A popular tourist destination in Japan is Itsukushima, a small island near Hiroshima City. Known colloquially as Miyajima, its claim to fame is the iconic giant torii gate that seems to float when the tide comes in and submerges the base of the torii in seawater. But I think there’s more that’s worth appreciating on Miyajima than these gates. For instance, I absolutely love the adorable knitted hats you’ll find on Miyajima!

Rakan wearing knitted hats in Miyajima

What’s the deal with the knitted hats?

When you visit the Daisho-in temple complex on Miyajima, there’s a little pathway up to the main buildings filled with 500 statues. These represent the first 500 disciples of the historical Buddha Shakyamuni. All of them are individually carved, wearing an array of different facial expressions. They’re also all dressed in wool hats and scarves! These are usually knitted by local residents and patrons to the temple, and renewed each year as offerings to the statues.

Though it’s noteworthy to see so many hats on statues in a single place, the practice of knitting or crocheting wool hats for statues isn’t entirely unique to Miyajima.

More rakan wearing hats

A possible origin for this practice comes from Kasajizō, a Japanese children’s story. The story tells of a kind, elderly couple who make hats to sell, and place some on the Jizō statues in their neighbourhood to keep them warm. To repay their kindness, the Jizō statues come to life and gift the elderly couple of food. Traditionally, the kasa is a traditional Japanese hat made of straw; the wool hats appear to be a fun and colorful modern twist on tradition!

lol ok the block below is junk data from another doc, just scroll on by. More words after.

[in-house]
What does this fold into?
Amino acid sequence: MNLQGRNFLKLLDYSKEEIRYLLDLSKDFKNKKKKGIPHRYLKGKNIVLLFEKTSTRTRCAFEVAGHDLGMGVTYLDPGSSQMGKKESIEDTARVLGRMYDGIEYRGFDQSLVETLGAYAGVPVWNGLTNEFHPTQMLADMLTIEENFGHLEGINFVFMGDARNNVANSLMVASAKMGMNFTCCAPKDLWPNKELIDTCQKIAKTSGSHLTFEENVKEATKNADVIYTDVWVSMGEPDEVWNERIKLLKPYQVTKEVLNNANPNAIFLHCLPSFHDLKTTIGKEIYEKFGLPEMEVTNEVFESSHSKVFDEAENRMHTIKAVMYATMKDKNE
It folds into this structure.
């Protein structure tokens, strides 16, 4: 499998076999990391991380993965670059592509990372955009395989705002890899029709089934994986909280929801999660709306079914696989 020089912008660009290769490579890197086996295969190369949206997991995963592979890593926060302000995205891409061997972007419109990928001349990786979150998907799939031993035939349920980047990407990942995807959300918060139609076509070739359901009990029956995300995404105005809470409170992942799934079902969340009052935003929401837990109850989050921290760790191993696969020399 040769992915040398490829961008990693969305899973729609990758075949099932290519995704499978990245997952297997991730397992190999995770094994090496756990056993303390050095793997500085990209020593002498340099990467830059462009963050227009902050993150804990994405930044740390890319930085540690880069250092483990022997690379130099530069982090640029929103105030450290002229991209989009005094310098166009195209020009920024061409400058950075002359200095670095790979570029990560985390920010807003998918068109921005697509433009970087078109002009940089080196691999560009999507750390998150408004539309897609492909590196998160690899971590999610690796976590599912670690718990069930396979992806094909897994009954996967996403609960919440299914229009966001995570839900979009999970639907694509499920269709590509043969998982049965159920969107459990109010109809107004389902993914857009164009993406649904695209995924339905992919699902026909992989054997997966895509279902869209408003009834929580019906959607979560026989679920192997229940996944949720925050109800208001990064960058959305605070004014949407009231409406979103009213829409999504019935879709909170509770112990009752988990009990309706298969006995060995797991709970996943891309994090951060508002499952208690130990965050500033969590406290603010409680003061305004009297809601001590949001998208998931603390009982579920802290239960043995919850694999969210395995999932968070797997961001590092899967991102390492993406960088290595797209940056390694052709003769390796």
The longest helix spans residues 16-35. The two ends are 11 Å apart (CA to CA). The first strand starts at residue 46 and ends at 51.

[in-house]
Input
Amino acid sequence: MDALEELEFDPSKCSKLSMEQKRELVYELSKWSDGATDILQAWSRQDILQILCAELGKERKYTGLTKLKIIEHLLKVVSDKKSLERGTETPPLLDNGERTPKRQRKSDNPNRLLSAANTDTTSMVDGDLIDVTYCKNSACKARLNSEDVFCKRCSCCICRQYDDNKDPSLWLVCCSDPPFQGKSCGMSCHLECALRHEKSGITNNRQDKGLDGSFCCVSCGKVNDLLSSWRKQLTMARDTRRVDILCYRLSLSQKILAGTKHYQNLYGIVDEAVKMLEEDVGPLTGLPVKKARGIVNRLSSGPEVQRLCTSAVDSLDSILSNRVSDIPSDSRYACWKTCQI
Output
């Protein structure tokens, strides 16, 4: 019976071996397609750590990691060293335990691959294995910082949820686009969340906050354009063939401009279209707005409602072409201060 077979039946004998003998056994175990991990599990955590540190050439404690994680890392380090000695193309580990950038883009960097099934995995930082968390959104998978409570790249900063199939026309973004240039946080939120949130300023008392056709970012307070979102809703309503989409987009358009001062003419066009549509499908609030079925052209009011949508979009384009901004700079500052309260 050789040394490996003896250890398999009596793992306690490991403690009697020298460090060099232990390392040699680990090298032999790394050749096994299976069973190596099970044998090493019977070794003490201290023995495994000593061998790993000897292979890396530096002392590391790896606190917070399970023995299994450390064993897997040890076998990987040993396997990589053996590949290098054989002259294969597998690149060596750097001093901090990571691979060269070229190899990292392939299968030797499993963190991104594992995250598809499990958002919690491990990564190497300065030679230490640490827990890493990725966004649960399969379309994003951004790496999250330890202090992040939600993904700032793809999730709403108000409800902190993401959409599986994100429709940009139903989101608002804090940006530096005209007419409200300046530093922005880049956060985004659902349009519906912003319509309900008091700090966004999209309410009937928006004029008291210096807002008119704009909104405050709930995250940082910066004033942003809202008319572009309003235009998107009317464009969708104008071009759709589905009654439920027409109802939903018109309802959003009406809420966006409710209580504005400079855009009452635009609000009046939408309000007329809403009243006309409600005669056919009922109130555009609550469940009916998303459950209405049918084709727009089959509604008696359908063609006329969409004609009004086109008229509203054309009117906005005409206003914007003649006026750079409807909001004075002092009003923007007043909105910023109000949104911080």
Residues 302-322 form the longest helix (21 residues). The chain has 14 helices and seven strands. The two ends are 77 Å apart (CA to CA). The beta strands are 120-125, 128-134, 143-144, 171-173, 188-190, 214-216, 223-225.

An adorable statue on Miyajima with a hat

Who and what is a Jizō?

It’s also helpful to know what the Jizō are before you visit the temple, as you’ll see many representations of them around. They are protectors of travelers, but also of children who have died young or in childbirth. Jizō guards and escorts the souls of these children into the afterlife, protecting them from any harm that might befall them along the way.

There’s a lovely connection between the way people care for young children and the Jizō statues on Miyajima—keeping both warm with clothes and hats! In a way, these handmade hats act as offerings to the Jizō as well, as a way of asking them to protect the souls of their children both alive and deceased. It is perhaps also a way of grieving. But it is also true that the hats are simply quite charming to look at for visitors.

Striped scarves!

Where can I find these statues?

Once you’re on Miyajima, you’ll need to find your way to the Daisho-in Temple complex. This is a 5-minute walk from Itsukushima Shrine, up a gentle slope. Entering the temple complex usually takes you up a moderately steep flight of stairs. However, if you turn off to the left side at the foot of the staircase, you’ll find a winding, meandering set of steps with hundreds of statues on either side. These are the rakan, or disciples of Buddha.

Don’t forget to look out around the temple complex for smaller, chubby, youthful-looking statues. These are sometimes (but not always) representations of Jizō, and they will usually be wearing scarves and hats too.

How to get here

Temple: Daisho-in
Address: 210 Miyajimacho, Hatsukaichi, Hiroshima 739-0592
Open: 8am–5pm

Post by Japan Journeys